For two years during grad school, I worked as a nanny. So I tend to avoid books or movies about nannies, because seeing it from a distance is kind of a weird experience. Being a nanny is such a strange and intimate job – you end up falling in love with a kid that’s not your own, and you most likely know more about your employers than you do about most of your friends – and it really isn’t like anything else I’ve ever done. I also had a great experience, and I wouldn’t want anything to ruin that. But I made an exception when I kept seeing Leila Slimani’s The Perfect Nanny around, because I was in the mood for a good thriller.
(All reviews are spoiler-free unless otherwise noted.)
(From Goodreads) When Myriam, a mother and brilliant French-Moroccan lawyer, decides to return to work, she and her husband are forced to look for a caretaker for their two young children. They are thrilled to find Louise: the perfect nanny right from the start. Louise sings to the children, cleans the family’s beautiful apartment in Paris’s upscale tenth arrondissement, stays late whenever asked, and hosts enviable kiddie parties. But as the couple and the nanny become more dependent on each other, jealousy, resentment, and frustrations mount, shattering the idyllic tableau.
I am still not entirely sure how I feel about The Perfect Nanny. On one hand, it was a predictable “thriller” that had absolutely none of the excitement you would expect from a thriller. On the other, it was an exploration of family dynamics from a unique and horrifying perspective. There were moments I really enjoyed this book. It wasn’t at all a challenge to read; I found myself drawn to it every time I put it down. While I wouldn’t call my experience in reading this novel enjoyable, it was unique enough to keep me interested.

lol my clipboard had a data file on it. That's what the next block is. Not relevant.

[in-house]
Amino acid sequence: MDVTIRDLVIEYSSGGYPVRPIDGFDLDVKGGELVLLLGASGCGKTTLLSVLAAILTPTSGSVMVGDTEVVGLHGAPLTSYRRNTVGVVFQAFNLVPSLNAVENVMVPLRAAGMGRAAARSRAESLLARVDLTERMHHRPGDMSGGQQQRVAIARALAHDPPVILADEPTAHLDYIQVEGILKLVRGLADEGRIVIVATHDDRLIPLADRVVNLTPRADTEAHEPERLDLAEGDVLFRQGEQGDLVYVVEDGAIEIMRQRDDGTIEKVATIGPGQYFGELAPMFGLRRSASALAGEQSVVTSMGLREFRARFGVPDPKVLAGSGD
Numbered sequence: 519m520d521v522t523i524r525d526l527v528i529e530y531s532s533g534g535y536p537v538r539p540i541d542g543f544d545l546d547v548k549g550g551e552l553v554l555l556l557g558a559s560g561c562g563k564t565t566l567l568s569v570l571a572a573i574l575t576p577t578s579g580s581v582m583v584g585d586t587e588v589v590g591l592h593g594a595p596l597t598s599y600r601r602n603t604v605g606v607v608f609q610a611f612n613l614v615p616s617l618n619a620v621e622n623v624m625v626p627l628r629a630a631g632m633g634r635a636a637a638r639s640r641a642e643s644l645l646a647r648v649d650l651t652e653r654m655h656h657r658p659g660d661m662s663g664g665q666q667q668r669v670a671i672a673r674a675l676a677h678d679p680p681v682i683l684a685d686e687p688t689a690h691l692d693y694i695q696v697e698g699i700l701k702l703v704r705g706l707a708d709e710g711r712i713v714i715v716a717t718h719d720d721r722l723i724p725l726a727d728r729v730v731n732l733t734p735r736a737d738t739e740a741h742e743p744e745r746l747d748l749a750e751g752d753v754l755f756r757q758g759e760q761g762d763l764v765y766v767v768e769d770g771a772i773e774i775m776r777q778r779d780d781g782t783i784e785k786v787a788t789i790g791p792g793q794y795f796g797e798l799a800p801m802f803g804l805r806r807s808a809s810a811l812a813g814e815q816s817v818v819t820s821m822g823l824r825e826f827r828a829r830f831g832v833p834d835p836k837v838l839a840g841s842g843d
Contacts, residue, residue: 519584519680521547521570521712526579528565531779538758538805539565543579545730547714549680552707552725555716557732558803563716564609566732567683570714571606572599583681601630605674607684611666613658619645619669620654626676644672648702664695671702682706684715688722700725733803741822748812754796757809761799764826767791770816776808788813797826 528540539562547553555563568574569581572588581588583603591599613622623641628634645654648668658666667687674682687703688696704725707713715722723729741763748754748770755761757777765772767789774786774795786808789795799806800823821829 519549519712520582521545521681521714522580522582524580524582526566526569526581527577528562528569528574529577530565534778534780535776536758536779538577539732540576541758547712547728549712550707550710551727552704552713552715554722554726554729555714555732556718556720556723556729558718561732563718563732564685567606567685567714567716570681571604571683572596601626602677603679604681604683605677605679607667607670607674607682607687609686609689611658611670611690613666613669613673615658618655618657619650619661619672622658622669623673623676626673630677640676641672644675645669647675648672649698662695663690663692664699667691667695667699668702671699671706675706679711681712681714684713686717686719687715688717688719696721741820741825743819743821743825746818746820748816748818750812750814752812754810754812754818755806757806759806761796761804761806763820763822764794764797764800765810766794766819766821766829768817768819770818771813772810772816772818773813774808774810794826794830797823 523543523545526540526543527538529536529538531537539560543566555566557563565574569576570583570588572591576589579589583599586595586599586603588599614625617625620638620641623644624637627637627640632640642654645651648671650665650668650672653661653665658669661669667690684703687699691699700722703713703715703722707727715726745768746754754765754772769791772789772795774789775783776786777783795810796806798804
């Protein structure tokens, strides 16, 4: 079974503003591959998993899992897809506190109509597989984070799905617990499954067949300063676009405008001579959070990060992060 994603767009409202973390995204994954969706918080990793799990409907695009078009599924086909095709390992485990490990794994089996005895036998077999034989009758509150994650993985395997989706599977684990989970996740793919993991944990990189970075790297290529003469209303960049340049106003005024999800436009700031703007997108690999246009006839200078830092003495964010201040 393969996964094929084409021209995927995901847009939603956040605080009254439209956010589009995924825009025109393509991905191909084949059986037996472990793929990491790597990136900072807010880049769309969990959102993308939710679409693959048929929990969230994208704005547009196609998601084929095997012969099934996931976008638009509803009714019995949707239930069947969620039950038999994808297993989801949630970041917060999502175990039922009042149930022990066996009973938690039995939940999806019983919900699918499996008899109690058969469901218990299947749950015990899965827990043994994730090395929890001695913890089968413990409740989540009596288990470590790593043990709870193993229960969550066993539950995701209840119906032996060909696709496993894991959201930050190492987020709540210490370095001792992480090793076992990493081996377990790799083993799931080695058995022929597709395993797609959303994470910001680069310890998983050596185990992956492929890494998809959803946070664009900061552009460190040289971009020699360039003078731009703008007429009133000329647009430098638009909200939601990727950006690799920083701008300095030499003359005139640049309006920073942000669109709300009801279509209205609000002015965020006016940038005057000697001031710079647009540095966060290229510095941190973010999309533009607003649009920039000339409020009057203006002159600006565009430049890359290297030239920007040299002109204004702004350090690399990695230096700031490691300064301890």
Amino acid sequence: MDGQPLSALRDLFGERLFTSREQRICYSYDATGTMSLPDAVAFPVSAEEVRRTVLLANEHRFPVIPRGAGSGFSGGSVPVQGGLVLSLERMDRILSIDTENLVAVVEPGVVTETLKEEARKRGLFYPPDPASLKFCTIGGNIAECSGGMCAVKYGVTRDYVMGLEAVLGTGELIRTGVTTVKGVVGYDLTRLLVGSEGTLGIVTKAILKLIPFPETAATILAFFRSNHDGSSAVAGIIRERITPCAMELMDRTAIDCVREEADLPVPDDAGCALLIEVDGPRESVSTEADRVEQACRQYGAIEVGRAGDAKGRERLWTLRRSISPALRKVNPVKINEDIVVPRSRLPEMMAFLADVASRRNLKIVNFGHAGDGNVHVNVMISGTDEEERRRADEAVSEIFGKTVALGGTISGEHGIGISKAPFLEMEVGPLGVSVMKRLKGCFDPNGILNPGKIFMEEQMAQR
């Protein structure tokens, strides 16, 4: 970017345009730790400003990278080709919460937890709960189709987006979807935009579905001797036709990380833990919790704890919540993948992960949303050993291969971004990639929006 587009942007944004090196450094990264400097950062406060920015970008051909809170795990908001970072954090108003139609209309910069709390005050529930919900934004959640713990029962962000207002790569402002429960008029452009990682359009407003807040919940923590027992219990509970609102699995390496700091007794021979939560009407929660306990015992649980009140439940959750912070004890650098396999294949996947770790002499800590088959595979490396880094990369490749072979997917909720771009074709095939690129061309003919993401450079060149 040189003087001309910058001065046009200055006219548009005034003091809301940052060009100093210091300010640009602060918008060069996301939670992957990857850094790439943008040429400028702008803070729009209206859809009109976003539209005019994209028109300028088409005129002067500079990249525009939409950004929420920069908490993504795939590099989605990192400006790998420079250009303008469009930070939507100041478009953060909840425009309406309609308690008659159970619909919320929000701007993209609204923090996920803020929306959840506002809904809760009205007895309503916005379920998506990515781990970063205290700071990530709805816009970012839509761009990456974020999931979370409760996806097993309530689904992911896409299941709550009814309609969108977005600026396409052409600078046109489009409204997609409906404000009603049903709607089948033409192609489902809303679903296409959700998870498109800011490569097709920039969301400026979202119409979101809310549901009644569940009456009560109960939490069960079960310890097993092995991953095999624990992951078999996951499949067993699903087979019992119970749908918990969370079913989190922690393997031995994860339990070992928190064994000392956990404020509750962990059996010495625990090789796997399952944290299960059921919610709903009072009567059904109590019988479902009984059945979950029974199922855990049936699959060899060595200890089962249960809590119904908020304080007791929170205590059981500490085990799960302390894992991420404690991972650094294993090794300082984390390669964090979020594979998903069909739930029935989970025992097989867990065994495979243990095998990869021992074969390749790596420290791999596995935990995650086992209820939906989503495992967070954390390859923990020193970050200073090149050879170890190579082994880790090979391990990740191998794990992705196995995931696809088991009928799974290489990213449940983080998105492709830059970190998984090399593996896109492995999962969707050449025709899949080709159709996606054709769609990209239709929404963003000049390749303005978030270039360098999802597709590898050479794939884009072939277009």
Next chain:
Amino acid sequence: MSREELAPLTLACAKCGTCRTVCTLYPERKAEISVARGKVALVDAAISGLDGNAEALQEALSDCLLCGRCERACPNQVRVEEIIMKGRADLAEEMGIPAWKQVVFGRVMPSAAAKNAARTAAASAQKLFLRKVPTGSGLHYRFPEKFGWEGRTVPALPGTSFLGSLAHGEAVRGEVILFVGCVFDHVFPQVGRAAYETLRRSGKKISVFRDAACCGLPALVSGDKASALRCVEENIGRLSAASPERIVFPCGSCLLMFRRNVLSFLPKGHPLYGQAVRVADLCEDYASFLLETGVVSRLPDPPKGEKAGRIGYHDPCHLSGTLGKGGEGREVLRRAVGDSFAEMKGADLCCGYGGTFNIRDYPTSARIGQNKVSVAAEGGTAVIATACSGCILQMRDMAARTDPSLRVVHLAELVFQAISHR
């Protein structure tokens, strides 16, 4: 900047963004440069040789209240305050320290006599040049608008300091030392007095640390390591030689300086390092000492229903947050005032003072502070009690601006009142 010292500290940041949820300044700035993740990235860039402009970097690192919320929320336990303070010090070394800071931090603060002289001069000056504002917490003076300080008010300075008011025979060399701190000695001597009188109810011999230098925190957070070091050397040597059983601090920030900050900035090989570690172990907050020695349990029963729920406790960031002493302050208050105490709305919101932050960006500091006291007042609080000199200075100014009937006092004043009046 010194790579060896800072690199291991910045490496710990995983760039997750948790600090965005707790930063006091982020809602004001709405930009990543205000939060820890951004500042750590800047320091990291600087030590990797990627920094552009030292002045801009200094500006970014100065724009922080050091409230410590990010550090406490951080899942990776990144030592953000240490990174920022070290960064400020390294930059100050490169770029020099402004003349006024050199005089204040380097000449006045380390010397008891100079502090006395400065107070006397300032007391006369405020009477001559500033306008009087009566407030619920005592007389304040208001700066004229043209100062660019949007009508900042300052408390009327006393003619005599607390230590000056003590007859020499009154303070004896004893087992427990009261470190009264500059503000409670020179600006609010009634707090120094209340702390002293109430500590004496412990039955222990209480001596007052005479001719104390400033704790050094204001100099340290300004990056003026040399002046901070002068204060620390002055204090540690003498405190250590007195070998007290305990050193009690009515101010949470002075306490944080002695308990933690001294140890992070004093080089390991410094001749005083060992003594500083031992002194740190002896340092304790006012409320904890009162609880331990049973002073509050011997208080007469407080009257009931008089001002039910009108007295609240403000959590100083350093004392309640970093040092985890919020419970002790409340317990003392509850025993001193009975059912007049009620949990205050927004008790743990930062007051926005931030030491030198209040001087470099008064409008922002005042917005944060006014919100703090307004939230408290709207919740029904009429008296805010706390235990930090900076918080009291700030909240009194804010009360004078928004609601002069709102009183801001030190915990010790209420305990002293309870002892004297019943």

I did enjoy the premise of this book. I was curious as to how the author was going to push Louise to the breaking point. However, in that respect, I think she fell just a little bit short. It was a stretch to believe that the circumstances could drive Louise to do what she did, and I wish the author had delved deeper into her mental state. Based on Louise’s actions, there was a very clear point where she went over the edge, but it wasn’t totally clear what caused it. I felt like I was supposed to identify with her, I wanted to identify with her, but her quirks were just a bit much, even in the beginning.
I also have mixed feelings about how women are represented in this book. While it did feel realistic, it also felt very stereotypical in a lot of ways. It was almost like the author was characterizing certain types of women, which may have been what she was going for, but I found myself wanting more dimension, character-wise. I don’t think it was a negative representation, just a bit flat. I do wonder how much was lost in translation (The Perfect Nanny was originally written in French), because that might be an interesting comparison.
The Perfect Nanny tells the reader exactly what to expect in the first chapter. The majority of the book tells the story leading up to that heart-wrenching ending. I completely understand the controversy about the ending of this book. Personally, I enjoy open endings, and have no problem with ambiguity, if done well. Here, it felt like the climax was just completely left out of the novel. Pacing-wise, it was a huge letdown. I think it might have worked had there been more suspense leading up to it, but this book – while advertised as a thriller – had no suspense. I didn’t hate it, but I’m definitely confused.
★★★☆☆ – I had quite a bit of trouble rating this book. At times, it felt like a four-star read, and there were moments when it moved down to two stars. So The Perfect Nanny gets three stars from me. I found it interesting and the story was unique, but I couldn’t connect to the characters as much as I wanted to and the story as a whole was not engaging or exciting.
If you’ve read The Perfect Nanny, what did you think? Is this a case of getting lost in translation, or is it another Gone Girl-esque novel that didn’t completely work?
The Perfect Nanny is available in bookstores now (the French version has been out for a while, but the English translation is a new release). You can get your copy on Amazon.
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